|Publication number||US6192543 B1|
|Application number||US 09/344,166|
|Publication date||Feb 27, 2001|
|Filing date||Jun 24, 1999|
|Priority date||Feb 25, 1999|
|Publication number||09344166, 344166, US 6192543 B1, US 6192543B1, US-B1-6192543, US6192543 B1, US6192543B1|
|Inventors||Timothy R. Lee|
|Original Assignee||Timothy R. Lee|
|Export Citation||BiBTeX, EndNote, RefMan|
|Patent Citations (21), Referenced by (38), Classifications (9), Legal Events (4)|
|External Links: USPTO, USPTO Assignment, Espacenet|
This application claims the benefit of U.S. Provisional Application No. 60/121,558, filed Feb. 25, 1999, and having the same title and inventor(s) as above.
The present invention relates to cleaning mitts for use in cleaning automobiles or other items.
Cleaning mitts are known in the art. Typically they include a polyester or like batting configured to form a cavity having an open cuffed end.
While conventional cleaning mitts have been of assistance in automobile and other item cleaning, they also have disadvantageous aspects. One of these is that the mitts have a fluffy almost sponge-like outer surface that while being good at retaining fluid and cleaning solution is not sufficiently abrasive to remove bugs, tar, and dried on dirt, etc.
Another disadvantageous aspect of present cleaning mitts is that they permit water to pass through to a user's hand. In cold weather and/or when used with cold water, this results in the hand becoming undesirably cold.
Accordingly, it is an object of the present invention to provide a cleaning mitt that includes at least one surface that has enhanced tar and bug removing properties.
It is another object of the present invention to provide a cleaning mitt that has a dry liner to maintain the inside of the cleaning mitt substantially dry.
It is also an object of the present invention to provide various cleaning mitt arrangements that provide a supplemental abrasive cleaning surface.
These and related objects of the present invention are achieved by use of a cleaning mitt apparatus and method as described herein.
The attainment of the foregoing and related advantages and features of the invention should be more readily apparent to those skilled in the art, after review of the following more detailed description of the invention taken together with the drawings.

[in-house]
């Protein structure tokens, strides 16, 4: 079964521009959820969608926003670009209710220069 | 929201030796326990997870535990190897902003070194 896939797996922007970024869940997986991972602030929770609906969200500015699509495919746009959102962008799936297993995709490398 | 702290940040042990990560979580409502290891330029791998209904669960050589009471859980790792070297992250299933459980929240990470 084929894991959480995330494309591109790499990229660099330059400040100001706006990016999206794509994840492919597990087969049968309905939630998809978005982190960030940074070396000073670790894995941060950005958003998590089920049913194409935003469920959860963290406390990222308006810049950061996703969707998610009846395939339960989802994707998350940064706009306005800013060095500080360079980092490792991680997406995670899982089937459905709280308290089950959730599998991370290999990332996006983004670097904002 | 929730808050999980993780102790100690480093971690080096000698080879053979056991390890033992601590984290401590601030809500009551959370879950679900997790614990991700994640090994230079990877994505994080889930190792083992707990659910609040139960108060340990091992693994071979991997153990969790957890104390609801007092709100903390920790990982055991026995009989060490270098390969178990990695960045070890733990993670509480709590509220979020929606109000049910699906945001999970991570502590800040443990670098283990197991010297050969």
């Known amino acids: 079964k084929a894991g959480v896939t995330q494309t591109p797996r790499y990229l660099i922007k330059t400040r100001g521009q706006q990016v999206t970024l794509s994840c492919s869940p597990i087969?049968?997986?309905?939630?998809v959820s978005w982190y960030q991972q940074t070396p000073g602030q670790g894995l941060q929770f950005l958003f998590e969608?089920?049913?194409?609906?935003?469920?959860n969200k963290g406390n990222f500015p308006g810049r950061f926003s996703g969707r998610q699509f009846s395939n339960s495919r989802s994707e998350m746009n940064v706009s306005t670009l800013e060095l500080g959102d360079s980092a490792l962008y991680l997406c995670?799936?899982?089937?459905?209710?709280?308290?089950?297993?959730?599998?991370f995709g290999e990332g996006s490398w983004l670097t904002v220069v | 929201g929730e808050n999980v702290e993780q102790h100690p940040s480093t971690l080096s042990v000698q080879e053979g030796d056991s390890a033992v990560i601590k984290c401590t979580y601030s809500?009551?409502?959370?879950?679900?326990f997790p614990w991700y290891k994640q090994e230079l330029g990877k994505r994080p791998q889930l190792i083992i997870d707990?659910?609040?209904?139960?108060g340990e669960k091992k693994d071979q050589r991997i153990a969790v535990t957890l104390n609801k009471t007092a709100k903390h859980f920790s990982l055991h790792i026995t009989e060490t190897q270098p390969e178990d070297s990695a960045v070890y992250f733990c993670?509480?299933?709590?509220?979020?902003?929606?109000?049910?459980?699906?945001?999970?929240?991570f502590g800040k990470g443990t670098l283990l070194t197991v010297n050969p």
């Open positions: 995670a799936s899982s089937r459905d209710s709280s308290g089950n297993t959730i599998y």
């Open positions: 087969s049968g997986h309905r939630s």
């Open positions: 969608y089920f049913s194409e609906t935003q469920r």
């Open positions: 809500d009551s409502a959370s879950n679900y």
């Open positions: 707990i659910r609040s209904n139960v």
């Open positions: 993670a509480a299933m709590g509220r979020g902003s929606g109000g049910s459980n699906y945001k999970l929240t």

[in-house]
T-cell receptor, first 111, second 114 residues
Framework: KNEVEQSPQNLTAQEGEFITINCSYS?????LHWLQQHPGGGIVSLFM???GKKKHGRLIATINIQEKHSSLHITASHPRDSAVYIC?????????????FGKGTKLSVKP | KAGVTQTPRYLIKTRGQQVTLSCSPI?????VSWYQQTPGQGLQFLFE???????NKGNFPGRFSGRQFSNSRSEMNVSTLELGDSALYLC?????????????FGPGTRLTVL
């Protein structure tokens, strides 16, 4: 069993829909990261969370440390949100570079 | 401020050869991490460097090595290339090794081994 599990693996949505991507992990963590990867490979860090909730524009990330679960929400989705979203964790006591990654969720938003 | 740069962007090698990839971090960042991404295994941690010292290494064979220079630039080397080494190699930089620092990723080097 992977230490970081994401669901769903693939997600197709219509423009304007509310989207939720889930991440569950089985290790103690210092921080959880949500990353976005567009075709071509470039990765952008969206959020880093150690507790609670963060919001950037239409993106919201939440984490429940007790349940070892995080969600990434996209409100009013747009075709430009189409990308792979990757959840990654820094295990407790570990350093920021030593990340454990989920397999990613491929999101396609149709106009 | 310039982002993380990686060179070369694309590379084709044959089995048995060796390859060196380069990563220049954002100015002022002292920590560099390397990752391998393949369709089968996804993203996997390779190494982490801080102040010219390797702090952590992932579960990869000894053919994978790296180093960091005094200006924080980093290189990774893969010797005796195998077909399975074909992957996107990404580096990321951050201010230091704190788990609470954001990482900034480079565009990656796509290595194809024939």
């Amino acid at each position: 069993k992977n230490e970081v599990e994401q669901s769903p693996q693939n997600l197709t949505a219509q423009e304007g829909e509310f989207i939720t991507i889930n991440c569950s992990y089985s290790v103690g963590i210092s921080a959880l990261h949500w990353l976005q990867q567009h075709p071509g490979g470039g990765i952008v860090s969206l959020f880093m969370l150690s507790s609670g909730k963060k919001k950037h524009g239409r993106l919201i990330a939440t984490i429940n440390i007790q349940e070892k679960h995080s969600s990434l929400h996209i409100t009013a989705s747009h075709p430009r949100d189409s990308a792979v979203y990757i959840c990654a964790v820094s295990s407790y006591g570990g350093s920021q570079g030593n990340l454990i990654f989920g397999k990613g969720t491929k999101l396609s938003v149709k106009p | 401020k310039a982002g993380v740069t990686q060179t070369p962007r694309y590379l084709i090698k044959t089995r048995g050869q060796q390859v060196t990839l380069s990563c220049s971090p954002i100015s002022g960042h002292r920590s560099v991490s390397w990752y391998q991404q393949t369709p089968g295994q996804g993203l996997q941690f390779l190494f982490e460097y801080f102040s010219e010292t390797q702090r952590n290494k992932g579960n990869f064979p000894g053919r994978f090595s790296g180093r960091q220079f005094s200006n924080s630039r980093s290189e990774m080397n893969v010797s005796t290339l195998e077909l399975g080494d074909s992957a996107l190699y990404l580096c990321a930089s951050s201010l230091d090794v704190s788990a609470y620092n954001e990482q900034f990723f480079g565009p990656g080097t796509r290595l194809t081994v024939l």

FIGS. 1A-1C are first and second side perspective views and an end view of a cleaning mitt in accordance with the present invention.
FIGS. 2-5 illustrate various stages in the formation of the mitt of FIGS. 1A-1C in accordance with the present invention.
FIGS. 6-9 illustrative alternative embodiments of a cleaning mitt in accordance with the present invention.
Referring to FIGS. 1A-1C, first and second side perspective views and an end view of a cleaning mitt 10 in accordance with the present invention are respectively shown. The general nature of cleaning mitt 10 is described first with reference to FIGS. 1A-1C. A description of how the mitt is made and various alternative embodiments follow.
FIG. 1A illustrates a side of mitt 10 that has a relatively mild cleaning surface (hereinafter termed “mild” surface 12). This surface is suitable for general car washing purposes, etc., and may be formed of conventional car mitt material.
FIG. 1B illustrates another side of mitt 10. This side contains a more abrasive cleaning surface (hereinafter termed “abrasive” surface 14).
FIG. 1C illustrates the non-cuffed end of mitt 10. This view shows the mild surface 12 on one side and the more abrasive surface 14 on the other side. A seam 21 is preferably formed between the two surfaces (though the actual seam may be internal to the mitt). Abrasive surface 14 is preferably formed as an abrasive mesh or other suitable material that is placed over the “fluffier” mild surface material and may compress the mild material to some extent. In this manner, the benefits of the abrasive material are available on an outer surface, while the mild surface material adjacent thereto acts to bias the abrasive surface outwardly and to hold water and cleaning solution.
By providing mild and abrasive surfaces in a single mitt, a user is able to simply rotate the mitt about their hand to achieve cleaning of both easily removable debris and stubborn debris.
A moisture barrier may also be provided within the mitt to keep the interior of the mitt dry. In this manner, a gloved hand could be used within the mitt in order to keep the hand warm. This feature is particularly advantageous for cooler climates. A description of the formation of an embodiment of mitt 10 is now provided.
Referring to FIGS. 2-5, various stages in mitt 10 formation in accordance with the present invention are shown. In FIG. 2, a sheet 31 of mild surface material, with a sheet 32 of abrasive surface material laid over a portion thereof, is shown. The mild surface material 31 is preferably a polyester like material that has a substantially smooth surface (not shown) and a fluffy almost wool or sponge-like surface (shown). Such a material may be termed a polyester wool batting and is made by Cesyl Mills of Millbury, Mass. The material has a six denier face (fluffy side) and a 300 denier back (smooth side). In FIG. 2, the fluffy side is shown. A sheet of mesh 32 (i.e., the abrasive surface material) is preferably placed over approximately half of the face of the mild material on one side and a center seam 22 that joins one edge of the mesh to the mild surface material is stitched. The mesh material 32 is preferably a sufficiently non-abrasive material that will not damage the finish of an automobile, appliance, or other surface, while still being sufficiently abrasive to remove stubborn debris such as tar, and dried bugs and dirt, etc. A suitable material is a 100% polyester mesh model number 250 medium crisp from Jason Mills, Westwood, N.J. It should be recognized that while mesh 32 is preferably stitched on the non-abrasive material, the mesh or an equivalent may be woven or molded into the substrate material.